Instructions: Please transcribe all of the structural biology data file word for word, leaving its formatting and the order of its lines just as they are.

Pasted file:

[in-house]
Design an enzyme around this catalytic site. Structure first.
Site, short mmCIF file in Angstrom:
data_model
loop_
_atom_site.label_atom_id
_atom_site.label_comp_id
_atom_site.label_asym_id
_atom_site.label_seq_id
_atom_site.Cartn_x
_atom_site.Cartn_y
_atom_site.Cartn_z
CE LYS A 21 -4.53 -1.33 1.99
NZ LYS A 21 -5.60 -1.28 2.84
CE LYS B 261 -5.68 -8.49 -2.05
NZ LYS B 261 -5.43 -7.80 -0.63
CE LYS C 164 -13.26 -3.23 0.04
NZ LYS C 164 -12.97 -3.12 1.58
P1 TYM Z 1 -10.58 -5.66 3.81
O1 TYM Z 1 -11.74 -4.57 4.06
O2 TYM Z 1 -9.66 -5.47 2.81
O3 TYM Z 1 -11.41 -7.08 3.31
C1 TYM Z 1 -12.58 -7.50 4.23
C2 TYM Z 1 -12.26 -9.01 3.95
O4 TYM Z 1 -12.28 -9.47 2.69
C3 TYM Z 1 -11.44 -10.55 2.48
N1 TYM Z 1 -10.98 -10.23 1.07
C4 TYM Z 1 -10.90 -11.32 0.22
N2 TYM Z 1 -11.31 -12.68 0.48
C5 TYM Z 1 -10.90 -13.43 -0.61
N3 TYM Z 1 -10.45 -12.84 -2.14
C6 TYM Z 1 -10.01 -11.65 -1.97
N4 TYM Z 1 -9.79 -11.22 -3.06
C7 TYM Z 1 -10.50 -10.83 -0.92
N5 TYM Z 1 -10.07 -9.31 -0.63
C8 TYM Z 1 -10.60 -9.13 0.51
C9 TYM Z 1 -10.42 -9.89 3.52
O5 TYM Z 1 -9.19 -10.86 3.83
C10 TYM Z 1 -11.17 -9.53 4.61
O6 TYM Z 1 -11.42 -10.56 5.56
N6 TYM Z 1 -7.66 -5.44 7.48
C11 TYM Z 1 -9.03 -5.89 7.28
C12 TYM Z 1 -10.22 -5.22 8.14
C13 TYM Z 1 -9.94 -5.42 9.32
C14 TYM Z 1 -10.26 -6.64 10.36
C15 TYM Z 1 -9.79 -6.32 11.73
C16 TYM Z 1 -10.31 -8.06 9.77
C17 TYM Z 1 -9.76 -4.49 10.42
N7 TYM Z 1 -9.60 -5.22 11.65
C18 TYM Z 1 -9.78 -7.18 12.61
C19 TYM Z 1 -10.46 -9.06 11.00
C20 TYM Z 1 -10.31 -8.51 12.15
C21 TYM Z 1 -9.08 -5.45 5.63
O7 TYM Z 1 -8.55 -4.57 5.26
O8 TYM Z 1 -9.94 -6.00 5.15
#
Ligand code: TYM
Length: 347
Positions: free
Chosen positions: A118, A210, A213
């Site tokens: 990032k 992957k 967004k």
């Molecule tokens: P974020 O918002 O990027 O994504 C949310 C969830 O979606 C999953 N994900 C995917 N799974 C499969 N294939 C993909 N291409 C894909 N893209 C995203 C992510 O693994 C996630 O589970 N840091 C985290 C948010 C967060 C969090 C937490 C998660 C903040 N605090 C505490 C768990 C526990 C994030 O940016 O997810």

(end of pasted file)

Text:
[in-house]
Design an enzyme around this catalytic site. Structure first.
Site, short mmCIF file in Angstrom:
data_model
loop_
_atom_site.label_atom_id
_atom_site.label_comp_id
_atom_site.label_asym_id
_atom_site.label_seq_id
_atom_site.Cartn_x
_atom_site.Cartn_y
_atom_site.Cartn_z
CE LYS A 21 -4.53 -1.33 1.99
NZ LYS A 21 -5.60 -1.28 2.84
CE LYS B 261 -5.68 -8.49 -2.05
NZ LYS B 261 -5.43 -7.80 -0.63
CE LYS C 164 -13.26 -3.23 0.04
NZ LYS C 164 -12.97 -3.12 1.58
P1 TYM Z 1 -10.58 -5.66 3.81
O1 TYM Z 1 -11.74 -4.57 4.06
O2 TYM Z 1 -9.66 -5.47 2.81
O3 TYM Z 1 -11.41 -7.08 3.31
C1 TYM Z 1 -12.58 -7.50 4.23
C2 TYM Z 1 -12.26 -9.01 3.95
O4 TYM Z 1 -12.28 -9.47 2.69
C3 TYM Z 1 -11.44 -10.55 2.48
N1 TYM Z 1 -10.98 -10.23 1.07
C4 TYM Z 1 -10.90 -11.32 0.22
N2 TYM Z 1 -11.31 -12.68 0.48
C5 TYM Z 1 -10.90 -13.43 -0.61
N3 TYM Z 1 -10.45 -12.84 -2.14
C6 TYM Z 1 -10.01 -11.65 -1.97
N4 TYM Z 1 -9.79 -11.22 -3.06
C7 TYM Z 1 -10.50 -10.83 -0.92
N5 TYM Z 1 -10.07 -9.31 -0.63
C8 TYM Z 1 -10.60 -9.13 0.51
C9 TYM Z 1 -10.42 -9.89 3.52
O5 TYM Z 1 -9.19 -10.86 3.83
C10 TYM Z 1 -11.17 -9.53 4.61
O6 TYM Z 1 -11.42 -10.56 5.56
N6 TYM Z 1 -7.66 -5.44 7.48
C11 TYM Z 1 -9.03 -5.89 7.28
C12 TYM Z 1 -10.22 -5.22 8.14
C13 TYM Z 1 -9.94 -5.42 9.32
C14 TYM Z 1 -10.26 -6.64 10.36
C15 TYM Z 1 -9.79 -6.32 11.73
C16 TYM Z 1 -10.31 -8.06 9.77
C17 TYM Z 1 -9.76 -4.49 10.42
N7 TYM Z 1 -9.60 -5.22 11.65
C18 TYM Z 1 -9.78 -7.18 12.61
C19 TYM Z 1 -10.46 -9.06 11.00
C20 TYM Z 1 -10.31 -8.51 12.15
C21 TYM Z 1 -9.08 -5.45 5.63
O7 TYM Z 1 -8.55 -4.57 5.26
O8 TYM Z 1 -9.94 -6.00 5.15
#
Ligand code: TYM
Length: 347
Positions: free
Chosen positions: A118, A210, A213
């Site tokens: 990032k 992957k 967004k």
């Molecule tokens: P974020 O918002 O990027 O994504 C949310 C969830 O979606 C999953 N994900 C995917 N799974 C499969 N294939 C993909 N291409 C894909 N893209 C995203 C992510 O693994 C996630 O589970 N840091 C985290 C948010 C967060 C969090 C937490 C998660 C903040 N605090 C505490 C768990 C526990 C994030 O940016 O997810």